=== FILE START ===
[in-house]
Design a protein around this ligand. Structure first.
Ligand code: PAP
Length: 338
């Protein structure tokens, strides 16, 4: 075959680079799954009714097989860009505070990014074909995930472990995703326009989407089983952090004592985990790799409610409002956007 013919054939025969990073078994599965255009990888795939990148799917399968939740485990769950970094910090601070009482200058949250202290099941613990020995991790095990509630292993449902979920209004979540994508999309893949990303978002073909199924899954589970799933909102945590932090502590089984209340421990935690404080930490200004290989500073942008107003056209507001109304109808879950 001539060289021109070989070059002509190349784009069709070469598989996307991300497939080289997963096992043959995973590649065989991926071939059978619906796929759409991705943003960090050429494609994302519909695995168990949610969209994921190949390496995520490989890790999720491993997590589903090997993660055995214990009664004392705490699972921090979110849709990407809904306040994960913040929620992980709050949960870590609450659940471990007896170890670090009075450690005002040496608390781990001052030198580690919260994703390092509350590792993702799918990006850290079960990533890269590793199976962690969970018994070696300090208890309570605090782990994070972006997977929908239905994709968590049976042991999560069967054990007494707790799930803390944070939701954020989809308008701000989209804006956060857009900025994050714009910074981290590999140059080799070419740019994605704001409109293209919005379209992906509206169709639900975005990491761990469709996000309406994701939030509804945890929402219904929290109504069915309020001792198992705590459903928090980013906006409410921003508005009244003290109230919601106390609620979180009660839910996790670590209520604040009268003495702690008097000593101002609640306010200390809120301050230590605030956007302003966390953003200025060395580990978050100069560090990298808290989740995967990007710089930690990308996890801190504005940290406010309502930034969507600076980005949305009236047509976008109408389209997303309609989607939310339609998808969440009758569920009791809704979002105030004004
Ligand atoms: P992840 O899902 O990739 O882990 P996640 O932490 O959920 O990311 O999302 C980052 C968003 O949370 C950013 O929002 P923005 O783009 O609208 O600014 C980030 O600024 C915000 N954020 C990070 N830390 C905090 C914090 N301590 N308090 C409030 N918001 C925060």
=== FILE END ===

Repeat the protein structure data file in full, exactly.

[in-house]
Design a protein around this ligand. Structure first.
Ligand code: PAP
Length: 338
């Protein structure tokens, strides 16, 4: 075959680079799954009714097989860009505070990014074909995930472990995703326009989407089983952090004592985990790799409610409002956007 013919054939025969990073078994599965255009990888795939990148799917399968939740485990769950970094910090601070009482200058949250202290099941613990020995991790095990509630292993449902979920209004979540994508999309893949990303978002073909199924899954589970799933909102945590932090502590089984209340421990935690404080930490200004290989500073942008107003056209507001109304109808879950 001539060289021109070989070059002509190349784009069709070469598989996307991300497939080289997963096992043959995973590649065989991926071939059978619906796929759409991705943003960090050429494609994302519909695995168990949610969209994921190949390496995520490989890790999720491993997590589903090997993660055995214990009664004392705490699972921090979110849709990407809904306040994960913040929620992980709050949960870590609450659940471990007896170890670090009075450690005002040496608390781990001052030198580690919260994703390092509350590792993702799918990006850290079960990533890269590793199976962690969970018994070696300090208890309570605090782990994070972006997977929908239905994709968590049976042991999560069967054990007494707790799930803390944070939701954020989809308008701000989209804006956060857009900025994050714009910074981290590999140059080799070419740019994605704001409109293209919005379209992906509206169709639900975005990491761990469709996000309406994701939030509804945890929402219904929290109504069915309020001792198992705590459903928090980013906006409410921003508005009244003290109230919601106390609620979180009660839910996790670590209520604040009268003495702690008097000593101002609640306010200390809120301050230590605030956007302003966390953003200025060395580990978050100069560090990298808290989740995967990007710089930690990308996890801190504005940290406010309502930034969507600076980005949305009236047509976008109408389209997303309609989607939310339609998808969440009758569920009791809704979002105030004004
Ligand atoms: P992840 O899902 O990739 O882990 P996640 O932490 O959920 O990311 O999302 C980052 C968003 O949370 C950013 O929002 P923005 O783009 O609208 O600014 C980030 O600024 C915000 N954020 C990070 N830390 C905090 C914090 N301590 N308090 C409030 N918001 C925060």